4.1.2  ¬†General economic optimisation of plant


A central theme so far in this chapter, has been the improvement of cycle efficiency. The importance of efficiency in reducing the unit cost of electricity can best be seen by examining its relation to other factors affecting cost. What matters most to the utility manager is the reduction of the total lifetime cost of the plant (refer to Volume A for the full discussion).

The major concern of this chapter is the lifetime generation costs of turbine-generator plant, which breaks down into:

  • Capital cost.
  • Fuel cost.
  • Operating and maintenance costs.

For a valid comparison of new designs, all these cost elements must be considered simultaneously at a certain reference date, e.g., the commissioning date. The Capital cost is conditioned by the timing of stage payments and the interest rates predicted over the construction period. Similar considerations apply to the Fuel cost and Operating/Maintenance costs, with interest rates being the determining factor. To enable a comparison between plant of different ratings, these costs are expressed as a Capital cost factor, measured in £/kW.

The Capital cost comprises not only the cost of the turbine-generator itself, but also the costs of the turbine hall to house it and the services required.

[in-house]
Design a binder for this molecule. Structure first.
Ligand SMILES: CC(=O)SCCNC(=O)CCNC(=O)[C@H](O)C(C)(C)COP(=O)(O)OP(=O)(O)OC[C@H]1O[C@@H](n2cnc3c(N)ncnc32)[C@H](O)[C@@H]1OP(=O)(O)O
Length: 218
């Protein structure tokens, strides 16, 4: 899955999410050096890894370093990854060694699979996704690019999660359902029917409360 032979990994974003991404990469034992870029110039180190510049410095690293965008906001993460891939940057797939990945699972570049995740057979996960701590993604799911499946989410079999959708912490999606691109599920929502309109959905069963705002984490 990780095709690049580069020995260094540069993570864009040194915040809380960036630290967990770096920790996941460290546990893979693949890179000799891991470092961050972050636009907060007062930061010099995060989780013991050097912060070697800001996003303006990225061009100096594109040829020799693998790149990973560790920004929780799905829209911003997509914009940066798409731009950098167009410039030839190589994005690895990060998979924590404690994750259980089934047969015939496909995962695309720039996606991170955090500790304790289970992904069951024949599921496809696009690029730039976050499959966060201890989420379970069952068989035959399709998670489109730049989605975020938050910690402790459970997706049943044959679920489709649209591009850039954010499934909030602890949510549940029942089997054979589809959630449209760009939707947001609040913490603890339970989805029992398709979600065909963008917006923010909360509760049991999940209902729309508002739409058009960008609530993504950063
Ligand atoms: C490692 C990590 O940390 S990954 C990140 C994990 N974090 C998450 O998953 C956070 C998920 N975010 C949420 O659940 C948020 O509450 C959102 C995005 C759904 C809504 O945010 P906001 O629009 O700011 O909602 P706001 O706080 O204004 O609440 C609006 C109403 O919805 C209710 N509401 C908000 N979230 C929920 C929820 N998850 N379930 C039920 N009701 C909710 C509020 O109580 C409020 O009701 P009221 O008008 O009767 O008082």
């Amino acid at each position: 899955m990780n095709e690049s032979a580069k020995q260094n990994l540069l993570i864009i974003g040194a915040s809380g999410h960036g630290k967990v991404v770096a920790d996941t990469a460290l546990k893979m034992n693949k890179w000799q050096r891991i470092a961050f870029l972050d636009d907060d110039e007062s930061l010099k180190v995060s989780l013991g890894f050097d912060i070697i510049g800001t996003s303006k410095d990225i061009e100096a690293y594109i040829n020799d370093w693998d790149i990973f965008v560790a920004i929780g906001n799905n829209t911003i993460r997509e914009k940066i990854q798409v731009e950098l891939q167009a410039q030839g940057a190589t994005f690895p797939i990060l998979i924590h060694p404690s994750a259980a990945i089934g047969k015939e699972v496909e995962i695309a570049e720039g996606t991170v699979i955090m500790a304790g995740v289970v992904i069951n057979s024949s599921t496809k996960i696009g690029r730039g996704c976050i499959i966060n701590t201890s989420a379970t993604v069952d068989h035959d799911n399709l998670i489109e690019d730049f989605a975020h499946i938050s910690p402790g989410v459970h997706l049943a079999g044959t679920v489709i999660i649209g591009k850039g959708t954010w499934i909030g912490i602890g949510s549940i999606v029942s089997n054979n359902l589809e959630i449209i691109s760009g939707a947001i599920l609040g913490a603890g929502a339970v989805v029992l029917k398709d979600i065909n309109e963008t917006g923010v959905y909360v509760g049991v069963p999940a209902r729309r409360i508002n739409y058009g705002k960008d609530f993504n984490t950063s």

The historical trend has been to larger, higher output plant of compact design, which has had a considerable impact on reducing the Capital cost factor. The practical problems of transport and assembly indicate diminishing returns in this trend, which suggest that plant with an output of about 1000 MW may be a maximum limit.

The Fuel cost expended over the power station lifetime is of course directly influenced by the design cycle efficiency, and the means of achieving this is the prime topic of this section. It has been shown that the cycle efficiency can be improved by increasing the provision and complexity of the plant, e.g., increasing the number of reheating stages. The designer carries out a cost-benefit analysis to reach a reasonable compromise, to ensure that the benefits of improved efficiency are not eclipsed by excessive capital costs, or by complication leading to reduced reliability.

In different parts of the world and in a rapidly changing economic environment, the cost of fuel can show wide variations. For new plant, it is desirable for the utility to present the designer with a cost expressing the capitalised value of 1% improvement in the heat rate. This will enable him to identify the options best suited to the application.

Plant Operating and Maintenance Costs are reduced by improving the reliability of plant and by minimising the maintenance and overhaul outage times. Increased plant automation permits a reduction in the manpower required per MW produced.

Figure 1.59 depicts the typical breakdown of lifetime generation costs. Fuel costs form the largest element, such that a 1% improvement in efficiency of the plant is equivalent to a saving of approximately 2% of the Capital cost.


Lifetime costs of a turbine-generator unit


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